Stocks fell Thursday morning but mostly recovered by the end of the session. The Dow Jones Industrial Average (DJINDICES:^DJI) closed in the green and and the S&P 500 (SNPINDEX:^GSPC) lost a few points.
Today's stock market
|Index||Percentage Change||Point Change|
Retail stocks fell, giving up some gains from a strong April, with the SPDR S&P Retail ETF (NYSEMKT:XRT) losing 1.2%. The healthcare sector was also weak; the Health Care Select Sector SPDR ETF (NYSEMKT:XLV) dropped 0.9%.
Tesla beats expectations as Model 3 ramps
Tesla announced first-quarter results that beat expectations, but ongoing concerns about Model 3 production and capital needs, perhaps influenced by the unusual way CEO Elon Musk handled analyst questions during the conference call, resulted in the stock slumping 5.6% today. Revenue increased 26.4% to $3.41 billion, compared with expectations for $3.22 billion. Non-GAAP loss per share was $3.35, less than the loss of $3.58 analysts had forecast.
Model 3 production is making steady progress, but didn't hit the goal of 2,500 units per week that Tesla was shooting for by the end of the quarter. Production reached 2,270 per week in April, and the company is standing by its projection to hit "approximately 5,000" Model 3 vehicles "per week in about two months."
Sequentially, automotive gross margin was up 81 basis points on a GAAP basis and 498 basis points on a non-GAAP basis. The cash balance stands at $2.7 billion, compared with $3.4 billion at the end of Q4, and Tesla expects to be cash flow positive in Q3 and Q4. The company also announced it will reduce capital expenditures in 2018 from over $3.4 billion to less than $3 billion.
Making news in the financial press today was Musk's abrupt dismissal of two questions in the conference call. He said at one point, "Boring bonehead questions are not cool," in response to a question about capital requirements, after having answered two others from the same analyst.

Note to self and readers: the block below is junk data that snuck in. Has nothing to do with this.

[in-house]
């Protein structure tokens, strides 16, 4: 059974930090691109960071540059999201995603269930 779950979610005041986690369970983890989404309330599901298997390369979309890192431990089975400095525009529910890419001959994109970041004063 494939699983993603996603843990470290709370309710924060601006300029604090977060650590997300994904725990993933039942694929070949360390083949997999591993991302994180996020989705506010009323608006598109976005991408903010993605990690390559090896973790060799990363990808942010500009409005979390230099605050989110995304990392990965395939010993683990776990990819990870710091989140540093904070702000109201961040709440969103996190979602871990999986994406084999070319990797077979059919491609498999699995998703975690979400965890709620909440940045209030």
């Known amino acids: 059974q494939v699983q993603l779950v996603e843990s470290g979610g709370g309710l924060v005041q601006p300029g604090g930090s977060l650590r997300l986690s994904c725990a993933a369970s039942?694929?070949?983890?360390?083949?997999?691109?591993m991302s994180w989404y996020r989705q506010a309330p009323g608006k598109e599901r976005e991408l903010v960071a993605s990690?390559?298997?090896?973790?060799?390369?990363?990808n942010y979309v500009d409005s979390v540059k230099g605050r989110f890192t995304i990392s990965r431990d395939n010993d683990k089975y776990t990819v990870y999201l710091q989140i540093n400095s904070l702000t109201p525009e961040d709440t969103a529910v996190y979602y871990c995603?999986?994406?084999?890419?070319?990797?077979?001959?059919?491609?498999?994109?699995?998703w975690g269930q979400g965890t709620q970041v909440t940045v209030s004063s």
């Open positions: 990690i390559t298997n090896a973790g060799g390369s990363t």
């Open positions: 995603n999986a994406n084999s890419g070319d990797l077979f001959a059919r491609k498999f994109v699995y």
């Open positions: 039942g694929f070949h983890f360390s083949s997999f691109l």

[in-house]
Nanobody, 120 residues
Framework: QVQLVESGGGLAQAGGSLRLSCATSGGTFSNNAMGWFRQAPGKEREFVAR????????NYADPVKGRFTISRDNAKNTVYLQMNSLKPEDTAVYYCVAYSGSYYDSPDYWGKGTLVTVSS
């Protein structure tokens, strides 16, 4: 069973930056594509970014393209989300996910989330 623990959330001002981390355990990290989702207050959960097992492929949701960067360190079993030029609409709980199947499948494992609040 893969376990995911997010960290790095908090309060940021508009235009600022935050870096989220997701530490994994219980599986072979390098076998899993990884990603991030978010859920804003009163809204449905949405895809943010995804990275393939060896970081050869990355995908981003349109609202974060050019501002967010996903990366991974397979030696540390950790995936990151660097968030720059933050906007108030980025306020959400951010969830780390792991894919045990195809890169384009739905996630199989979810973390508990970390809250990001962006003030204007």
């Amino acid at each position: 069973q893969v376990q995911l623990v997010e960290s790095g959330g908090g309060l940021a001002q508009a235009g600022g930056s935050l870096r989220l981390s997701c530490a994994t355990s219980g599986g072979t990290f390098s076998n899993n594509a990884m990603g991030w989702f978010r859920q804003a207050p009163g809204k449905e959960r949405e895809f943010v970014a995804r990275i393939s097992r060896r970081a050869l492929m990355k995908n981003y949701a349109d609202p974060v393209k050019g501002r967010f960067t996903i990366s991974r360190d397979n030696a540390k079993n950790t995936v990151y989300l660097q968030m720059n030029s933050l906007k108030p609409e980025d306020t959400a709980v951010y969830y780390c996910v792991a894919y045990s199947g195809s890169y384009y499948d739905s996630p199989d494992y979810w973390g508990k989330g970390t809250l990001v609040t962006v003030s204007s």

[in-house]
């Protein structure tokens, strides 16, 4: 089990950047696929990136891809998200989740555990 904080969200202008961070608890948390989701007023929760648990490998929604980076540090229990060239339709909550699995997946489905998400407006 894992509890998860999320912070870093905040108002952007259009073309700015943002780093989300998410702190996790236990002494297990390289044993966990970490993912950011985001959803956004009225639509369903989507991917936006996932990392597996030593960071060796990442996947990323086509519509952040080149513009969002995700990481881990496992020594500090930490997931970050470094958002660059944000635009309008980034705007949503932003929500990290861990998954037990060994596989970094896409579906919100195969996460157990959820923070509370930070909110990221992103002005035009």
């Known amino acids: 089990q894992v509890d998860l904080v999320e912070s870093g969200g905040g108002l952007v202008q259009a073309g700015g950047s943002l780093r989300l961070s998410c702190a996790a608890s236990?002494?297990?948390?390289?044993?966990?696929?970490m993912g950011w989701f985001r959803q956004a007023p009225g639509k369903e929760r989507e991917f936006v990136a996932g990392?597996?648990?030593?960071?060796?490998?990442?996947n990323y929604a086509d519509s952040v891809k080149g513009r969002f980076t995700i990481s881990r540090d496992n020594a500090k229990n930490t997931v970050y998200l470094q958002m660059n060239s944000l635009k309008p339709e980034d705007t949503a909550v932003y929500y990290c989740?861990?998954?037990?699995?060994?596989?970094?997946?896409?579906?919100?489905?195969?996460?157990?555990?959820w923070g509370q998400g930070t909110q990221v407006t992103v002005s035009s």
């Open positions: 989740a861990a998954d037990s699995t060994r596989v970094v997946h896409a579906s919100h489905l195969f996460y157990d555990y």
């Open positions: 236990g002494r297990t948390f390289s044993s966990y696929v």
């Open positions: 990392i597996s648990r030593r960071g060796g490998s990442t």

Either investors thought CEO rudeness was a material event, or they feared evasiveness on capital needs signaled bad news ahead. Otherwise, the report held little in the way of surprise, except for the reduced capex expectations, which should have been seen as good news.
Spotify hits guidance in first quarter as a public company
Online music service Spotify missed analyst expectations in its first earnings report since going public, and shares fell 5.7%. Revenue grew 26% to $1.37 billion, compared with expectations of $1.40 billion. Loss per share came in at $1.21, while analysts had modeled for a $0.46-per-share loss.
Spotify's results were actually close to the company's prior guidance. Revenue was in the upper half of the guidance range, and gross margin of 24.9% was above the range of 23%-24%. The company finished the quarter with 170 million monthly active users (MAUs), comparing well with guidance of 168 million to 171 million, and growing 30% from the period last year. Premium subscribers grew 45% to 75 million, again falling above the midpoint of guidance.
Looking forward, Spotify maintained previous guidance for the full year, but gave a forecast for Q2 that disappointed some observers. Revenue is expected to be between $1.32 billion and $1.56 billion, short of the $1.57 billion analyst consensus figure, according to Reuters. MAUs are expected to grow 28% to 32% and premium subscribers 34% to 41%.
All told, it seemed to be a reasonably successful quarter for Spotify. In fact, the stock only pulled back to its level of last Friday, and is still well ahead of its price after the first day of trading.